The International Criminal Court at The Hague in the Netherlands prosecutes only four categories of crime: genocide, crimes against humanity, the crime of aggression, and war crimes.
But in June, an international panel of lawyers proposed a definition of a new type of international crime.
“I can summarize it,” says Alex Whiting of Harvard Law School, who served on the panel. “And what the definition says is that causing widespread, severe or long-lasting damage to the environment is the crime of ‘ecocide.’”
Whiting says that for the International Criminal Court to prosecute people for crimes of ecocide, nations will need to adopt and ratify an amendment to the court’s charter. Getting to that point could take years of debate and deliberation.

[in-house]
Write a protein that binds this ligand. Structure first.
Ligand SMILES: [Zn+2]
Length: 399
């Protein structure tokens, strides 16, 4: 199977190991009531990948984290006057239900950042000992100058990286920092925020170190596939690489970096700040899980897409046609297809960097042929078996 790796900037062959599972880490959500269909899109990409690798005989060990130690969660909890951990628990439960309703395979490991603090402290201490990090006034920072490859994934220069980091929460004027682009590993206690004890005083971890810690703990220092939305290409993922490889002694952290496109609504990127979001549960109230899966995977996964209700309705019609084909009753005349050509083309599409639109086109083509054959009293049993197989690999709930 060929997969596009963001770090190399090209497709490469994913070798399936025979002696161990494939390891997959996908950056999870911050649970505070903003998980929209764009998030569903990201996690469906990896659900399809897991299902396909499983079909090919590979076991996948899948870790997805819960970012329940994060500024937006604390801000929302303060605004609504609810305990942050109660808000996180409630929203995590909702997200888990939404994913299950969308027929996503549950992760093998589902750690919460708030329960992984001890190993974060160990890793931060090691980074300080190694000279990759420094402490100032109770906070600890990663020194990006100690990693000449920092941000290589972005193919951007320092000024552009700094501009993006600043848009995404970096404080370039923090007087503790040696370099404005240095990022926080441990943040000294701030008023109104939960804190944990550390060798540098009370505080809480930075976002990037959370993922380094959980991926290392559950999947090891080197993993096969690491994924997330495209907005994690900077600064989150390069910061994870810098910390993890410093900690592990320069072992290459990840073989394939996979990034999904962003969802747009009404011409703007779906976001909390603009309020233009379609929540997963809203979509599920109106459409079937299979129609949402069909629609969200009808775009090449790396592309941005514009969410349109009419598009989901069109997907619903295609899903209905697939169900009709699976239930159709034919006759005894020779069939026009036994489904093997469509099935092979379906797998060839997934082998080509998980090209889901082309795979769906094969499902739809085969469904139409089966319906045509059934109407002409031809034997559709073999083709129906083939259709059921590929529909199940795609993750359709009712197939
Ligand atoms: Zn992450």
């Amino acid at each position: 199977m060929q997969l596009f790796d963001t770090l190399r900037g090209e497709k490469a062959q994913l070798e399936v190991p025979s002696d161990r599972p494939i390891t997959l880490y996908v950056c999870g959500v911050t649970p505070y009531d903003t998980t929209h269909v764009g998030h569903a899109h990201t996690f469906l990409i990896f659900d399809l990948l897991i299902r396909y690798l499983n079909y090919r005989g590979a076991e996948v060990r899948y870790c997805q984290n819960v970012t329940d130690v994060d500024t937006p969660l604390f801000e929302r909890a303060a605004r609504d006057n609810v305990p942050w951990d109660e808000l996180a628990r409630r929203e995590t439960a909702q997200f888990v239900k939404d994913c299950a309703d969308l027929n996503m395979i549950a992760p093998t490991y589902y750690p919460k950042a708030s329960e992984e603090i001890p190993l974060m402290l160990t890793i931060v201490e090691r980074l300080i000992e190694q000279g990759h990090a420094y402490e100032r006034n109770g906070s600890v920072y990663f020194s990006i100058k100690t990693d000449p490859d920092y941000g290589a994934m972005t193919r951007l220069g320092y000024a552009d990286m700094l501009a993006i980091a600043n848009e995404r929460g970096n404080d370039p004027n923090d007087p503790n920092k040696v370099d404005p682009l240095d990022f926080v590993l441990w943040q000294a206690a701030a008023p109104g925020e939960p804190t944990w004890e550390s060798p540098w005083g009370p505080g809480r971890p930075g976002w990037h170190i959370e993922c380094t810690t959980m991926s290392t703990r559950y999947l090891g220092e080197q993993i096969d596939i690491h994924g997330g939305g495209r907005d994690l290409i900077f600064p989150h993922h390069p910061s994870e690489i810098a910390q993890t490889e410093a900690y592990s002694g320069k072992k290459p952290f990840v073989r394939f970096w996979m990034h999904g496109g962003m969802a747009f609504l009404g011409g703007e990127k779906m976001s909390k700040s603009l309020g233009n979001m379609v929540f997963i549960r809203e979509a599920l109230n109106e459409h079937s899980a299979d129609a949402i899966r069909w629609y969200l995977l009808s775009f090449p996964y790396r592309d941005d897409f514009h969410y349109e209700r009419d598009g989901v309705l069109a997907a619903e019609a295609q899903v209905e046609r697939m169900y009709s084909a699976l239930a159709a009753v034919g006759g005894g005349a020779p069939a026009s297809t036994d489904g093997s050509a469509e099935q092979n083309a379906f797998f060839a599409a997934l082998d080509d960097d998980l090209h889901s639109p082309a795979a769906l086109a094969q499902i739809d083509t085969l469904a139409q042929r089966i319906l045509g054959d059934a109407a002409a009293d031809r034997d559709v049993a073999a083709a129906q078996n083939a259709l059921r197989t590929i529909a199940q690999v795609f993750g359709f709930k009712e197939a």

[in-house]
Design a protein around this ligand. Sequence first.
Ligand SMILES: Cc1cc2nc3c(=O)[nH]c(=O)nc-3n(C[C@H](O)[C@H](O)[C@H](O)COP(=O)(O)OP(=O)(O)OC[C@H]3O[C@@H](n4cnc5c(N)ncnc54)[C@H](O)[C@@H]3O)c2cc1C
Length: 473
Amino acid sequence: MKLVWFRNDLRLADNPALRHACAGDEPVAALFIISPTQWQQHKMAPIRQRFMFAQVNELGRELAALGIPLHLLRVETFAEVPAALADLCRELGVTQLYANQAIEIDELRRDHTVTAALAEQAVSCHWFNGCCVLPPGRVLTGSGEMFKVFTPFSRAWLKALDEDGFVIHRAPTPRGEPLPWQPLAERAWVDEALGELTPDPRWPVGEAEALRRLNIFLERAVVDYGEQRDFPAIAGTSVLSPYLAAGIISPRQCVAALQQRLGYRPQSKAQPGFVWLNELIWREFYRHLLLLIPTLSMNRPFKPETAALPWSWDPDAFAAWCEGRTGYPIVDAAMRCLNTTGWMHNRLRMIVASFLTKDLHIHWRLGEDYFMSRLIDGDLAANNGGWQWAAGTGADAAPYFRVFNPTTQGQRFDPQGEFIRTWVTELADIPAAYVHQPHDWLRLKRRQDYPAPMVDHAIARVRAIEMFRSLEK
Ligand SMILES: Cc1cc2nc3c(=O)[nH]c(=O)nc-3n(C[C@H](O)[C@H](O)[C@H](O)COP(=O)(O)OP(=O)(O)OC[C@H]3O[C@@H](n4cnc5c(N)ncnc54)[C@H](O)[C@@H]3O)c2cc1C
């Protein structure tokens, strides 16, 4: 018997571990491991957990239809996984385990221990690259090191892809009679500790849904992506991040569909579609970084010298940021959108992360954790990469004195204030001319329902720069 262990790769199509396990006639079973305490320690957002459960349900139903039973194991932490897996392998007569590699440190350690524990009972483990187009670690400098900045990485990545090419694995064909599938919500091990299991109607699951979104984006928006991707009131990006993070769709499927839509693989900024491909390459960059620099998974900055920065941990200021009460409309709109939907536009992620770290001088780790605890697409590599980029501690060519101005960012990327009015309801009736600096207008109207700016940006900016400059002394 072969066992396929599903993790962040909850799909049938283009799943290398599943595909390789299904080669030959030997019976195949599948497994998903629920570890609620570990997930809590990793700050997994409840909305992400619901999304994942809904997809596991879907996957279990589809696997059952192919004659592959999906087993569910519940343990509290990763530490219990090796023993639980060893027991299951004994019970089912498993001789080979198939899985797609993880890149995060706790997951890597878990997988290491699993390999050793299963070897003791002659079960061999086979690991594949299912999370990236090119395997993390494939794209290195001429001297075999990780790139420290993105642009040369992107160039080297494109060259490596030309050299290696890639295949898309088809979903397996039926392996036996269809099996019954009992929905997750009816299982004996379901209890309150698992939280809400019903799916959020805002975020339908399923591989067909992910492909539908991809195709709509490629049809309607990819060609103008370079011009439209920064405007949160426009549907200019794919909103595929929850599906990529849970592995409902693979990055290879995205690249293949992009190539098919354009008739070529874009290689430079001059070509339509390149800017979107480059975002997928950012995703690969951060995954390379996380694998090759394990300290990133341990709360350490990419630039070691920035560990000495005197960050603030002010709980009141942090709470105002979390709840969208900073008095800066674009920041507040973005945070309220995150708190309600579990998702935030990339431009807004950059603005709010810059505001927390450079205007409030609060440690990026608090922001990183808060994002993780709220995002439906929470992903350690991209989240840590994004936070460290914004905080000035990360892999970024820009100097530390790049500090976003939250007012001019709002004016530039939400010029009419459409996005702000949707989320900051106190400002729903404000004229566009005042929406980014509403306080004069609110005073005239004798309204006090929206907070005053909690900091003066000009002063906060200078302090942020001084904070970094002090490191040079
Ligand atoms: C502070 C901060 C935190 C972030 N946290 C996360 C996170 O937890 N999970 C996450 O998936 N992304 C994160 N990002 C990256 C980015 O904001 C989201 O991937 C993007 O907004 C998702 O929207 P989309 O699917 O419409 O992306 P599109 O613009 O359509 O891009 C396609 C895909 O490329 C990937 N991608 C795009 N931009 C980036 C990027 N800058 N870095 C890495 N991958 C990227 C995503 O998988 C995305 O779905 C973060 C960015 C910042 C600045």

“Getting states to agree to this – to bind themselves to an international agreement, to an international crime – is a long, complicated process,” he says. “But getting started … is important.”
He says already, the work they’ve done to define ecocide as an international crime is motivating nations to think about their own environmental laws.
And it’s sparking debate about new ways to hold people accountable for polluting the atmosphere and harming the Earth.
Reporting credit: Sarah Kennedy/ChavoBart Digital Media